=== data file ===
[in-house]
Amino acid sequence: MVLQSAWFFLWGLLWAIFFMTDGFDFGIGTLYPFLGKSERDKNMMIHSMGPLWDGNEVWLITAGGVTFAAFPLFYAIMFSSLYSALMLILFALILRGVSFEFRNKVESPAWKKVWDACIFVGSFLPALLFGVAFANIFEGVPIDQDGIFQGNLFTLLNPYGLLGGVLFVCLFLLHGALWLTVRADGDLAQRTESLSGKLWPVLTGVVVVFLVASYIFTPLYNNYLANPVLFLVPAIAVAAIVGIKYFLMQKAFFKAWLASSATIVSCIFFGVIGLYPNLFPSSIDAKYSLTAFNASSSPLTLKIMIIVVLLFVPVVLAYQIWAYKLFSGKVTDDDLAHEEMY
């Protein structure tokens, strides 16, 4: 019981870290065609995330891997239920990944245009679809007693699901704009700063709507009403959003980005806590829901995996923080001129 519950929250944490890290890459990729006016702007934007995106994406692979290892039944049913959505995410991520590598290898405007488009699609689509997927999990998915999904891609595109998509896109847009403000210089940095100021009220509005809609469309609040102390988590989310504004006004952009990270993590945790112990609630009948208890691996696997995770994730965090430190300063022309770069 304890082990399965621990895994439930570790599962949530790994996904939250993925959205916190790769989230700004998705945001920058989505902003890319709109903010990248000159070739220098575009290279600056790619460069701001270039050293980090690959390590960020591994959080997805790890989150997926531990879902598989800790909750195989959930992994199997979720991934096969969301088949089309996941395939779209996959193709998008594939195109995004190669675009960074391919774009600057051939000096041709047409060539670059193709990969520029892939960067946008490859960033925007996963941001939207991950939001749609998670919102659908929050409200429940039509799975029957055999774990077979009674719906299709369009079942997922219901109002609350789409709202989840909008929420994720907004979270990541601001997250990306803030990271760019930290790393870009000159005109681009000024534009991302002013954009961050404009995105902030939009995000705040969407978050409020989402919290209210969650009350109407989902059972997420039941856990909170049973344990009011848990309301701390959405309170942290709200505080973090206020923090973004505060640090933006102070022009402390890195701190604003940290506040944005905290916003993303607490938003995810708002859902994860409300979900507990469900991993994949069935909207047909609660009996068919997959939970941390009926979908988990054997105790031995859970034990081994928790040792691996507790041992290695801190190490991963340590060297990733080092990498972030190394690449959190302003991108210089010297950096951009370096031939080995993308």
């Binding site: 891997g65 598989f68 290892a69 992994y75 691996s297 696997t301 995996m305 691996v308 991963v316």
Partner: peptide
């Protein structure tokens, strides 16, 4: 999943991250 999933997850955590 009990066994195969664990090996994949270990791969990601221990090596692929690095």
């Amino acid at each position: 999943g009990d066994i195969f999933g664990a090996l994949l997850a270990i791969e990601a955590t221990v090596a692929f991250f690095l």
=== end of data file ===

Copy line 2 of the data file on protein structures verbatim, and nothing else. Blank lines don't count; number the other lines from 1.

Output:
Amino acid sequence: MVLQSAWFFLWGLLWAIFFMTDGFDFGIGTLYPFLGKSERDKNMMIHSMGPLWDGNEVWLITAGGVTFAAFPLFYAIMFSSLYSALMLILFALILRGVSFEFRNKVESPAWKKVWDACIFVGSFLPALLFGVAFANIFEGVPIDQDGIFQGNLFTLLNPYGLLGGVLFVCLFLLHGALWLTVRADGDLAQRTESLSGKLWPVLTGVVVVFLVASYIFTPLYNNYLANPVLFLVPAIAVAAIVGIKYFLMQKAFFKAWLASSATIVSCIFFGVIGLYPNLFPSSIDAKYSLTAFNASSSPLTLKIMIIVVLLFVPVVLAYQIWAYKLFSGKVTDDDLAHEEMY